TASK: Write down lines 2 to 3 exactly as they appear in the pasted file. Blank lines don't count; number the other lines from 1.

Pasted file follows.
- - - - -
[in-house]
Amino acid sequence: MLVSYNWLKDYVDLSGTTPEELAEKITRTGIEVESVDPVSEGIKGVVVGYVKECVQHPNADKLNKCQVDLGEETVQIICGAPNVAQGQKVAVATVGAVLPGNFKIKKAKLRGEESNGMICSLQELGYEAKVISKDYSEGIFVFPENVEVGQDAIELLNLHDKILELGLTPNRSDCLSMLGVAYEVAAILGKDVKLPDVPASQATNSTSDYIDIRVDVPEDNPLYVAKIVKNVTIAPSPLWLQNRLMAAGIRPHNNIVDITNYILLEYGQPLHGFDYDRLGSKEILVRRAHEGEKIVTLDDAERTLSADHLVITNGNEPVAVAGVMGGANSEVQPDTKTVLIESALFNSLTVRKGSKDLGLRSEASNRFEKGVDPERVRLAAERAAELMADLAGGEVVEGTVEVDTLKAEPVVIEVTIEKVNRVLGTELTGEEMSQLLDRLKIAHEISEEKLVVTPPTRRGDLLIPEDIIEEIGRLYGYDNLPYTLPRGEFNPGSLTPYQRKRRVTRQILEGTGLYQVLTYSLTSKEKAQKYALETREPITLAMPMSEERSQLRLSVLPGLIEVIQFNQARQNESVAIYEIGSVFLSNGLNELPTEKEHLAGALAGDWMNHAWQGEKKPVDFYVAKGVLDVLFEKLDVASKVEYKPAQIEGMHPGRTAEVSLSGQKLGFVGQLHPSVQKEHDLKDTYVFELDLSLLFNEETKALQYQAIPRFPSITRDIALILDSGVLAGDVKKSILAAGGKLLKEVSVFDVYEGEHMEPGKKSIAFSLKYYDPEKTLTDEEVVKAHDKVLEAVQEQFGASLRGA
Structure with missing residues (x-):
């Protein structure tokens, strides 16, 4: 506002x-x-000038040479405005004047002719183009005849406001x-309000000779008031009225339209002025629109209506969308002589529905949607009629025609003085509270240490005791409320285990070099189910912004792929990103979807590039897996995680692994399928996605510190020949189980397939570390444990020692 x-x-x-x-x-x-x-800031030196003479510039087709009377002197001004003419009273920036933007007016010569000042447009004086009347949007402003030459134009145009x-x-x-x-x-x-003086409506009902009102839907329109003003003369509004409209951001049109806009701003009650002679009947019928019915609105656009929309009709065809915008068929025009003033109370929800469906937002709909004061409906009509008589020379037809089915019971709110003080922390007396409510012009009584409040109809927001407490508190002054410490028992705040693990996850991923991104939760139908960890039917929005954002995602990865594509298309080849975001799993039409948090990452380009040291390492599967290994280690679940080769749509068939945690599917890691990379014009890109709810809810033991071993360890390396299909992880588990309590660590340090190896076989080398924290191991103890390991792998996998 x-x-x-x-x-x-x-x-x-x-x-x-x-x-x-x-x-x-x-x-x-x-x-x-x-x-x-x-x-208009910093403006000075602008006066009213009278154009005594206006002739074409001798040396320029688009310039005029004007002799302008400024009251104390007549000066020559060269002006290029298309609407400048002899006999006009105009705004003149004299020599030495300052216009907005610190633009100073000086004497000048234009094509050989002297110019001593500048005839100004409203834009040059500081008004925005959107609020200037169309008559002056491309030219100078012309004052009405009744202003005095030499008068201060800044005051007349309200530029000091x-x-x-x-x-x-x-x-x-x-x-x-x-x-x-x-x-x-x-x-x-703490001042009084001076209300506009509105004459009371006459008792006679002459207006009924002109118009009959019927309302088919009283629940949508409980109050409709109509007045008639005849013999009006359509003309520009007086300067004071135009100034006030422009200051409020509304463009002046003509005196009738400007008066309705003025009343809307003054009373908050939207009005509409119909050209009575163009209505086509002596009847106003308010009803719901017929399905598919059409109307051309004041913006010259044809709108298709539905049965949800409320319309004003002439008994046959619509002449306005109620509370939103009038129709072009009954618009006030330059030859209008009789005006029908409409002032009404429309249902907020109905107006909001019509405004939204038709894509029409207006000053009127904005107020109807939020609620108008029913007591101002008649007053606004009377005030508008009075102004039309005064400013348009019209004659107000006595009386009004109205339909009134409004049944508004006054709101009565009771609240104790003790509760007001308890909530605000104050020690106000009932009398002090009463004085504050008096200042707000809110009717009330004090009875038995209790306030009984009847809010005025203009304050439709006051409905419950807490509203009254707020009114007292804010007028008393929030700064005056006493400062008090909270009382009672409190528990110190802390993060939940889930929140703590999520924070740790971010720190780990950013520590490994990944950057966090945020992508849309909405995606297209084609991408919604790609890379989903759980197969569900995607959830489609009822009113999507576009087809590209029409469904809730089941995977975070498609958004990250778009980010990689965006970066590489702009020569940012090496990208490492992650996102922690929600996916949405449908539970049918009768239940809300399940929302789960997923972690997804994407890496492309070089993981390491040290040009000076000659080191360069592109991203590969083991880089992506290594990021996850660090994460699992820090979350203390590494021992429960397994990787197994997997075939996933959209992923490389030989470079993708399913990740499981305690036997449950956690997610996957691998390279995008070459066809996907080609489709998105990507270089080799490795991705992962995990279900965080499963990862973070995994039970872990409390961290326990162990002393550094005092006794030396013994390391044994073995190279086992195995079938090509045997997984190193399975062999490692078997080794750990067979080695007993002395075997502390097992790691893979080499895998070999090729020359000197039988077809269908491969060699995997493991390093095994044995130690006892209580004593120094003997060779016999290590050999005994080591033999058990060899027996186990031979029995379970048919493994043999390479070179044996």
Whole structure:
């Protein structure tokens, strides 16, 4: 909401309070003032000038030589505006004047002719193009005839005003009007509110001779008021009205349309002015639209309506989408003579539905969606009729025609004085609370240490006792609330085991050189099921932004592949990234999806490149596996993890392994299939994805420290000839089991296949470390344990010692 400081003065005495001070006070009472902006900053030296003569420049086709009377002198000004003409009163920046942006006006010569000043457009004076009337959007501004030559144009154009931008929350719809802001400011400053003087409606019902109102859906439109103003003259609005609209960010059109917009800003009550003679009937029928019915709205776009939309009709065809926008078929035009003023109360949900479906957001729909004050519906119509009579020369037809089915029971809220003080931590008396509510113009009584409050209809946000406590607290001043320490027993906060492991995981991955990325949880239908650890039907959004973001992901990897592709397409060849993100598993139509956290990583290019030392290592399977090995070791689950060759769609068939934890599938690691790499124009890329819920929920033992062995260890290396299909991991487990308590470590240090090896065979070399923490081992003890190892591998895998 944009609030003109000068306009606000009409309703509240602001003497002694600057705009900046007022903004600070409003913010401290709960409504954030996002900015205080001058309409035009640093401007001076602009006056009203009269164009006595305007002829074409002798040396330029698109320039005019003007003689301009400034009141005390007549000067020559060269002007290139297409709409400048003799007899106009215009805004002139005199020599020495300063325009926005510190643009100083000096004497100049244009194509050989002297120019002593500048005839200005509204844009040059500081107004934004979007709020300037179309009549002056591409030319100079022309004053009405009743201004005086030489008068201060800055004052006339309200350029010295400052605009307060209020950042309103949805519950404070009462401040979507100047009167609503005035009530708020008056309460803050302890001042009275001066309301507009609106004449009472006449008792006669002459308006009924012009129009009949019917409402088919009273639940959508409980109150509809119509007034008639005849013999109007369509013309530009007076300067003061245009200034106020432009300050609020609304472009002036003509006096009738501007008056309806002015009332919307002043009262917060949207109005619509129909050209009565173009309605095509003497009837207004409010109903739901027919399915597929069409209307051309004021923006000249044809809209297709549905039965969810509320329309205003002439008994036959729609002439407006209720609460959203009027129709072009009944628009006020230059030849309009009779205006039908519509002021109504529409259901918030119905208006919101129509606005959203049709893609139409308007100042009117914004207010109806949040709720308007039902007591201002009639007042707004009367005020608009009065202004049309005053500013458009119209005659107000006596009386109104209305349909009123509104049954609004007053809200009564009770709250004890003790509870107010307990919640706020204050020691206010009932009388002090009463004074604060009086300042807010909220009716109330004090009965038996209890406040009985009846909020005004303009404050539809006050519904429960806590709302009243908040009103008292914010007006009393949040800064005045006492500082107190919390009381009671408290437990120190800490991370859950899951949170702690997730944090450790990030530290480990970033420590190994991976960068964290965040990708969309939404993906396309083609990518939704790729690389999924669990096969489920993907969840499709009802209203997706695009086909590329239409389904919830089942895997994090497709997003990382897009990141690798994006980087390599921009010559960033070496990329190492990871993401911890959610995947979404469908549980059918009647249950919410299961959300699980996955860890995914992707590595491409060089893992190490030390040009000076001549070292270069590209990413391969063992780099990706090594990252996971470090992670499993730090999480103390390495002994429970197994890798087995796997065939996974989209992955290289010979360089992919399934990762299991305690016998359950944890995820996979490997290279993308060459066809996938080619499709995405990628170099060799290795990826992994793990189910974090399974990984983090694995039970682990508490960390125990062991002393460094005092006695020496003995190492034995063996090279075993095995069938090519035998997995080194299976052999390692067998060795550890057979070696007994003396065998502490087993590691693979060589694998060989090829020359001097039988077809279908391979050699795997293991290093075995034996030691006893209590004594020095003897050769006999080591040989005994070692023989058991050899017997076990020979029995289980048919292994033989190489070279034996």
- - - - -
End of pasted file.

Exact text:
Amino acid sequence: MLVSYNWLKDYVDLSGTTPEELAEKITRTGIEVESVDPVSEGIKGVVVGYVKECVQHPNADKLNKCQVDLGEETVQIICGAPNVAQGQKVAVATVGAVLPGNFKIKKAKLRGEESNGMICSLQELGYEAKVISKDYSEGIFVFPENVEVGQDAIELLNLHDKILELGLTPNRSDCLSMLGVAYEVAAILGKDVKLPDVPASQATNSTSDYIDIRVDVPEDNPLYVAKIVKNVTIAPSPLWLQNRLMAAGIRPHNNIVDITNYILLEYGQPLHGFDYDRLGSKEILVRRAHEGEKIVTLDDAERTLSADHLVITNGNEPVAVAGVMGGANSEVQPDTKTVLIESALFNSLTVRKGSKDLGLRSEASNRFEKGVDPERVRLAAERAAELMADLAGGEVVEGTVEVDTLKAEPVVIEVTIEKVNRVLGTELTGEEMSQLLDRLKIAHEISEEKLVVTPPTRRGDLLIPEDIIEEIGRLYGYDNLPYTLPRGEFNPGSLTPYQRKRRVTRQILEGTGLYQVLTYSLTSKEKAQKYALETREPITLAMPMSEERSQLRLSVLPGLIEVIQFNQARQNESVAIYEIGSVFLSNGLNELPTEKEHLAGALAGDWMNHAWQGEKKPVDFYVAKGVLDVLFEKLDVASKVEYKPAQIEGMHPGRTAEVSLSGQKLGFVGQLHPSVQKEHDLKDTYVFELDLSLLFNEETKALQYQAIPRFPSITRDIALILDSGVLAGDVKKSILAAGGKLLKEVSVFDVYEGEHMEPGKKSIAFSLKYYDPEKTLTDEEVVKAHDKVLEAVQEQFGASLRGA
Structure with missing residues (x-):